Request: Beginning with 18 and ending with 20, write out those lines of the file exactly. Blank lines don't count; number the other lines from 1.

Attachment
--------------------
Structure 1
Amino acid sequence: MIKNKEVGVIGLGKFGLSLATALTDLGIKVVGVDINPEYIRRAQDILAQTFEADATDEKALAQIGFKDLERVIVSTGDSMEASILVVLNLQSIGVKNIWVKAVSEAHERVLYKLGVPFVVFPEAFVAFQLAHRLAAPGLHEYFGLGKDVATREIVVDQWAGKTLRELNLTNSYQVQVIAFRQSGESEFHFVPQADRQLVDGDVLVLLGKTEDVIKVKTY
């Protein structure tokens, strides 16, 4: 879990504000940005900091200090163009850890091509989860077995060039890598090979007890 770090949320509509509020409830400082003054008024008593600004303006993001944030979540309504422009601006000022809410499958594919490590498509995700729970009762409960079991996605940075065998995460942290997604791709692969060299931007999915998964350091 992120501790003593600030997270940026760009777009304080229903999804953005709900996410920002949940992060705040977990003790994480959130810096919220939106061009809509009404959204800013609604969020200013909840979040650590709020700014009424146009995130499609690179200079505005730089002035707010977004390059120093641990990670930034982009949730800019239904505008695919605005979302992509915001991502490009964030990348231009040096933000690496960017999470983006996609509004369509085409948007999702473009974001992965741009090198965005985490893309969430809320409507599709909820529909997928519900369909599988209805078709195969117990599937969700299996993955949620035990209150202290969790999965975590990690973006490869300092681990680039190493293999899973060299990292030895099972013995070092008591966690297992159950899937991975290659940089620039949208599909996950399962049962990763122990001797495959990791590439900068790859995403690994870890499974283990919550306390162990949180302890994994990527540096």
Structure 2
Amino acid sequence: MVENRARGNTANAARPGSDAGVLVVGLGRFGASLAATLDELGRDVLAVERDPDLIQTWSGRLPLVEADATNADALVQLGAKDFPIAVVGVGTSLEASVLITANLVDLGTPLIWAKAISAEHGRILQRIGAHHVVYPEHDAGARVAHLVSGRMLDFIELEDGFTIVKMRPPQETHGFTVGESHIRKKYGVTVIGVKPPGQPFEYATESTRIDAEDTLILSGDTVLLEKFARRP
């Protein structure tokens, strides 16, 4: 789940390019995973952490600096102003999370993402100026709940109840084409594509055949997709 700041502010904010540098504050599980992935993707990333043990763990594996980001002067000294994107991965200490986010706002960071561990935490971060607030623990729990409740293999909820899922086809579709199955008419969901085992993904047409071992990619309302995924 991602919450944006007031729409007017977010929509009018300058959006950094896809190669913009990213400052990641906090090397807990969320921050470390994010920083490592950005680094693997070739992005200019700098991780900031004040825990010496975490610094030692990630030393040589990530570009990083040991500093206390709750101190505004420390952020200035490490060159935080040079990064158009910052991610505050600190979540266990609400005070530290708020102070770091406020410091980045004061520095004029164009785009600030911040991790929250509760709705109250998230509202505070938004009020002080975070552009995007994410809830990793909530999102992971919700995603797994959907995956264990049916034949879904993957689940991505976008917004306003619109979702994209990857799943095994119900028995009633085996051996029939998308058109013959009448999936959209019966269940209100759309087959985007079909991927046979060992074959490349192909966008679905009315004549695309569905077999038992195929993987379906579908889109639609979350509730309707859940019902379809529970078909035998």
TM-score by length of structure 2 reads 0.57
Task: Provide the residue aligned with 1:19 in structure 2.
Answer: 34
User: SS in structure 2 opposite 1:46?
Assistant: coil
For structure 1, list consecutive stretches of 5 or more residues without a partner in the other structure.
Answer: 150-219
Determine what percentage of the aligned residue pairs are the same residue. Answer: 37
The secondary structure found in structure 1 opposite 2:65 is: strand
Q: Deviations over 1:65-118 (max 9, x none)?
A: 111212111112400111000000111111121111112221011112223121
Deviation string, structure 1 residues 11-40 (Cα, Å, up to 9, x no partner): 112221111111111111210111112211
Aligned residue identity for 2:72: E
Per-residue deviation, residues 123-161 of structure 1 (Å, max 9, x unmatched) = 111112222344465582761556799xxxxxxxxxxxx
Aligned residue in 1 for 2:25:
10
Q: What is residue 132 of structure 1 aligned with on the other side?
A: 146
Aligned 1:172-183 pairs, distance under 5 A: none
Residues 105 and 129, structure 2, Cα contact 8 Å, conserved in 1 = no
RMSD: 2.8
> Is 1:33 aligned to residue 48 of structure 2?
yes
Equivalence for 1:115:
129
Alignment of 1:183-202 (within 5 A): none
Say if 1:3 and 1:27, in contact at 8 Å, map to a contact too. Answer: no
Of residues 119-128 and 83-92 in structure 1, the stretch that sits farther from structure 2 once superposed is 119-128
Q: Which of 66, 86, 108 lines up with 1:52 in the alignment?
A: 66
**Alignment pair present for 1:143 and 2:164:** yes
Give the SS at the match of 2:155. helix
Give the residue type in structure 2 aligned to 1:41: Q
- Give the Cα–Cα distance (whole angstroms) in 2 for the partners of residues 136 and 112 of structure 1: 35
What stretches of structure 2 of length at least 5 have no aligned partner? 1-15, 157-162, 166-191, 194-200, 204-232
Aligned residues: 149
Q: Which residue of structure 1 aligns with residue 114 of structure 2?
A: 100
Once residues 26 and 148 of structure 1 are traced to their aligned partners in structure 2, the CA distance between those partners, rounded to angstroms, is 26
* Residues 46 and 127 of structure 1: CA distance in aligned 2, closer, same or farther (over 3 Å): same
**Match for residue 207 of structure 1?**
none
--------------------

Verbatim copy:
Deviation string, structure 1 residues 11-40 (Cα, Å, up to 9, x no partner): 112221111111111111210111112211
Aligned residue identity for 2:72: E
Per-residue deviation, residues 123-161 of structure 1 (Å, max 9, x unmatched) = 111112222344465582761556799xxxxxxxxxxxx